Unless you're making green eggs and ham, you probably don't want any earth tones in your scrambled eggs. Chemical reactions that take place during preparation can make your eggs naturally adopt a greenish hue, though, and while it's harmless, it isn't a particularly appetizing color. Fortunately, you can easily avoid this color change and keep your eggs' natural shades of yellow and white -- it's a simple matter of preparing them properly and serving them in a timely fashion.
Use a stainless steel skillet instead of a cast iron one. When prepared in a cast iron skillet, the sulfur in scrambled eggs reacts with the metal and causes your breakfast to turn green.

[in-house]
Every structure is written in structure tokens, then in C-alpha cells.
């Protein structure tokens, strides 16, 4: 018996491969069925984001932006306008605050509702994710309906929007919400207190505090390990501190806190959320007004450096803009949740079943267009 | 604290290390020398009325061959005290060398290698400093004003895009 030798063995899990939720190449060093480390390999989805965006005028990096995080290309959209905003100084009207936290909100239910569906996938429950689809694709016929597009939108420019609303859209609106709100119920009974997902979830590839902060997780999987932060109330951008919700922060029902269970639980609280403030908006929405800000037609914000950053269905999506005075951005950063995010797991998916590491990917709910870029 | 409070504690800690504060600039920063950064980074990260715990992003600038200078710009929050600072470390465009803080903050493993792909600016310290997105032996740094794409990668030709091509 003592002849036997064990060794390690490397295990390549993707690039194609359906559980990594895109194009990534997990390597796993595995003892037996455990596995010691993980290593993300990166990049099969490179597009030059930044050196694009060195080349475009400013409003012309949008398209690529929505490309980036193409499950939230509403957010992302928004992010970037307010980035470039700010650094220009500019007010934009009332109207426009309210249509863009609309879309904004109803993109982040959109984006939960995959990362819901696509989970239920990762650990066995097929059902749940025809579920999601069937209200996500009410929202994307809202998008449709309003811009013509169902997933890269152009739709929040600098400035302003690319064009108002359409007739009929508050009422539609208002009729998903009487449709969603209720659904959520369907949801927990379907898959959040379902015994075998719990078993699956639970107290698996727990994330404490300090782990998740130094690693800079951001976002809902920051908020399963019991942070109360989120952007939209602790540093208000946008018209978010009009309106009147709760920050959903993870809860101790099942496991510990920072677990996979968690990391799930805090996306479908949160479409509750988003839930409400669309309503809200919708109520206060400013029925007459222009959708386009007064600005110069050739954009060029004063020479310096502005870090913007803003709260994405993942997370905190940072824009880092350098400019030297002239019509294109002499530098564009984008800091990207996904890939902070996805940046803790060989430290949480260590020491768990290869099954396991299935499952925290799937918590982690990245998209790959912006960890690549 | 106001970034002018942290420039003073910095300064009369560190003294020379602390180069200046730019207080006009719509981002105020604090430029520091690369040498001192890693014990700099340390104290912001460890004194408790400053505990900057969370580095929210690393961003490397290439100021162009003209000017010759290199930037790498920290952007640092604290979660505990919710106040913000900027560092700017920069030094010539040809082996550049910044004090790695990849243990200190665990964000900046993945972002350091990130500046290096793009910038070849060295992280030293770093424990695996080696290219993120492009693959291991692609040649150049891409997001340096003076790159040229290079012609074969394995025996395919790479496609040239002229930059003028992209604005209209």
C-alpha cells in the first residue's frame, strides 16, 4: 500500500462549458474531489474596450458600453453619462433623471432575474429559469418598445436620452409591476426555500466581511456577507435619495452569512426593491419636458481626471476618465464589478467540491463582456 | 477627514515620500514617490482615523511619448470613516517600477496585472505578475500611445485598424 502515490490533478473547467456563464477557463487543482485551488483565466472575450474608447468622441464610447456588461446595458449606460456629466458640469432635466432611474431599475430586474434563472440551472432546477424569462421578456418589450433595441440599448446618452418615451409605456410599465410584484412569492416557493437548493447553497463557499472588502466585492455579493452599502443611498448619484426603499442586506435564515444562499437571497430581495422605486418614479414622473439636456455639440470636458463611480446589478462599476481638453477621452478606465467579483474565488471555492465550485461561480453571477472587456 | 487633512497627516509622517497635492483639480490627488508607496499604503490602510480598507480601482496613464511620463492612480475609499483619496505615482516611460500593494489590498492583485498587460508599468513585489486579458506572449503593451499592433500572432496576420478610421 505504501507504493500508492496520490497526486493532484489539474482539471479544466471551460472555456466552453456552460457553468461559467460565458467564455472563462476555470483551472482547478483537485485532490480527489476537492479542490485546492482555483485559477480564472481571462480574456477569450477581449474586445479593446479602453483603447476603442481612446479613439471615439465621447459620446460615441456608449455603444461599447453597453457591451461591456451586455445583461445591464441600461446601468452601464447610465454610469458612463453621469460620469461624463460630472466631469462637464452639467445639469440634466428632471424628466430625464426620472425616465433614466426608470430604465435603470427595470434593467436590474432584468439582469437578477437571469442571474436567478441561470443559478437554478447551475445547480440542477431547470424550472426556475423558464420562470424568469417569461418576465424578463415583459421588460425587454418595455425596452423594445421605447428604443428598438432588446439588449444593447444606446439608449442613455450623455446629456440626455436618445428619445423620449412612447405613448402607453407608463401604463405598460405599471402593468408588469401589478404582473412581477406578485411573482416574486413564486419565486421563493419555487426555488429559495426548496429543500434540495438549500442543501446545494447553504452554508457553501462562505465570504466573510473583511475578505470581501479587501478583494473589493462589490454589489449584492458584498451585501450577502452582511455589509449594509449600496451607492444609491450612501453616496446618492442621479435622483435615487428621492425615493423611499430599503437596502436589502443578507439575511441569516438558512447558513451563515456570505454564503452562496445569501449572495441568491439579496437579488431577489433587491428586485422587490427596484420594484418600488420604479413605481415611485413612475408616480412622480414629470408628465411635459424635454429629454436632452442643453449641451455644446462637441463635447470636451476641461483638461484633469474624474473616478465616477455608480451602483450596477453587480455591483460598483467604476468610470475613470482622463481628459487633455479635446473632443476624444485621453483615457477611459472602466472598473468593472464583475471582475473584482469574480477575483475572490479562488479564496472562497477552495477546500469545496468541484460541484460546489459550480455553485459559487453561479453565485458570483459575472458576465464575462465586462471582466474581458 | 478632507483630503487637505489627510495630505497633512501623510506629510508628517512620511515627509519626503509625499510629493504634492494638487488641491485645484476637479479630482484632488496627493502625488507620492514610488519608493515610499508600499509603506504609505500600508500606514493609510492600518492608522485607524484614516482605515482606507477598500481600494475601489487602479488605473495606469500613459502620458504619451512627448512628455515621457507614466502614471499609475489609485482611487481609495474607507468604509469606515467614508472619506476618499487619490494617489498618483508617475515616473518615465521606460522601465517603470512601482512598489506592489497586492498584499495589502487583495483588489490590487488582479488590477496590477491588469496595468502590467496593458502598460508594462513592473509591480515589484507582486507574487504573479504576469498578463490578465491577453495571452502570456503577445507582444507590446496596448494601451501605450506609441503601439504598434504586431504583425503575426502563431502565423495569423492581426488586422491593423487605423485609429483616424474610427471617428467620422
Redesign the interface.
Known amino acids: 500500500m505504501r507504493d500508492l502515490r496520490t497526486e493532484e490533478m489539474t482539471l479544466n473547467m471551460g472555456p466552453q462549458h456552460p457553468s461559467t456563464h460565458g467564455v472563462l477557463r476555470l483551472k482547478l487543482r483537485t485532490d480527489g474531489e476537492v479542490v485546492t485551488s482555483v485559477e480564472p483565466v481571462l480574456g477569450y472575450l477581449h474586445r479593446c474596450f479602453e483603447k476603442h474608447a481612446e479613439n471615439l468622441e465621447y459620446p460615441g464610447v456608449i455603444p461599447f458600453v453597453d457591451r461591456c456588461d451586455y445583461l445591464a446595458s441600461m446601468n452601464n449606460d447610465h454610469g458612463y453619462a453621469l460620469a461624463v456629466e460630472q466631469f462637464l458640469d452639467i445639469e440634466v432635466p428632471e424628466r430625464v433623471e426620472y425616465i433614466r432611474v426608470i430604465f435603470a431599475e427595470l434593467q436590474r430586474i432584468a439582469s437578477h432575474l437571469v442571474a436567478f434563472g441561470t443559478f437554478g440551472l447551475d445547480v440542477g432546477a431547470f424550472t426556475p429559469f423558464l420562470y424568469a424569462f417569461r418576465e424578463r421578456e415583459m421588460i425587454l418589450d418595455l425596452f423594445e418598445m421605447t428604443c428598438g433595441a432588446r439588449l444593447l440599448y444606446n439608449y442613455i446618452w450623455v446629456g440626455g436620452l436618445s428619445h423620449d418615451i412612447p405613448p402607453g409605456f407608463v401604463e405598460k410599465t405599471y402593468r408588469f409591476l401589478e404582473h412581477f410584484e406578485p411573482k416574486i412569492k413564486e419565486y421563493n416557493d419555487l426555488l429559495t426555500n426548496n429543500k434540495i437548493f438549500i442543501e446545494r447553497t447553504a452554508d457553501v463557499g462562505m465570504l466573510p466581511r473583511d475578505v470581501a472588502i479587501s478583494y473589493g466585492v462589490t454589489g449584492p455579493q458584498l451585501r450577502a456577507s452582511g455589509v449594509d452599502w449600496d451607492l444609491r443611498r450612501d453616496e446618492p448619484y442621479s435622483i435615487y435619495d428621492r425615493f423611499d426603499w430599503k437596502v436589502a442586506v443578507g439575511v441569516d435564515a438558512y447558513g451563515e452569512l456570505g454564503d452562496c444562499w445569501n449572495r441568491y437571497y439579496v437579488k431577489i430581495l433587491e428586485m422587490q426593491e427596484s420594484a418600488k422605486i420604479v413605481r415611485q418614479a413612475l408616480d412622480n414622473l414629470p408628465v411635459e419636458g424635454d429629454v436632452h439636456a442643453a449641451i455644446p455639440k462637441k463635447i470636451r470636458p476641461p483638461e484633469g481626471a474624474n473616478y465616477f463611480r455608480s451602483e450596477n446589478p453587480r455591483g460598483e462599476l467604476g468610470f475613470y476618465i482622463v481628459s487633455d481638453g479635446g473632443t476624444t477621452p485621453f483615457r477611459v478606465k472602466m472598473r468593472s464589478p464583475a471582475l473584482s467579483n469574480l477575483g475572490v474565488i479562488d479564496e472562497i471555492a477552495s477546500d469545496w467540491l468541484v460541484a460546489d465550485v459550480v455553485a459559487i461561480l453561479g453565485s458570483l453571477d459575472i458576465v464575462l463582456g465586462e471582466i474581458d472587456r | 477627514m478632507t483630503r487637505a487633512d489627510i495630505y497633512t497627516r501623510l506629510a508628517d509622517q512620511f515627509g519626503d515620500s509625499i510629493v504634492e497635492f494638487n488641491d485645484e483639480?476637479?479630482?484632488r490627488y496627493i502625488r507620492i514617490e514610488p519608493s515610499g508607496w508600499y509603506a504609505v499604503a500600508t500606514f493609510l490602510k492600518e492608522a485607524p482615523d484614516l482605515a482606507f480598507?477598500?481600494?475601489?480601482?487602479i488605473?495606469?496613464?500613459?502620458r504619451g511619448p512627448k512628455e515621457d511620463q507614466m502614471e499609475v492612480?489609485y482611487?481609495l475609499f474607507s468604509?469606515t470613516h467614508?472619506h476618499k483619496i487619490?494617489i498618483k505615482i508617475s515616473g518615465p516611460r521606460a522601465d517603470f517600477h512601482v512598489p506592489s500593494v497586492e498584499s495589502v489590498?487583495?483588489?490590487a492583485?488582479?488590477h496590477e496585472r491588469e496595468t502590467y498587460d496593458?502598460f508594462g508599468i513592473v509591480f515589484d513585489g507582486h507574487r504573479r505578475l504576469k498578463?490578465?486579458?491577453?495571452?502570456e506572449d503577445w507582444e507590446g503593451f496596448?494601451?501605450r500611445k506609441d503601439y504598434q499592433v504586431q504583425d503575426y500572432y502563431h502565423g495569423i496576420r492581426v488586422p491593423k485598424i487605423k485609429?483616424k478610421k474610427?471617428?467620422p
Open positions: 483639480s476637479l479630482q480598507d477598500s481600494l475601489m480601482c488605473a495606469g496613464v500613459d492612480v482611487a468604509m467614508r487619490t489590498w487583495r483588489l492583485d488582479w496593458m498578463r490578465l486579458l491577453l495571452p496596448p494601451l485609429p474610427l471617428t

Prepare fresh eggs, as they are less likely to turn green when scrambled.
Cook no more than 3 quarts of egg at a time.
Serve your eggs within 1 hour -- even once they are done cooking, if held over heat for longer than an hour, they may start to turn green. Keep them at a temperature of 140 degrees Fahrenheit or higher.
- Switch to liquid egg product or substitute if your real eggs consistently turn green, as these products may be formulated with citric acid to reduce the risk of turning green. Otherwise, the American Egg Board recommends simply adding 1/4 teaspoon of lemon juice for every 18 large eggs.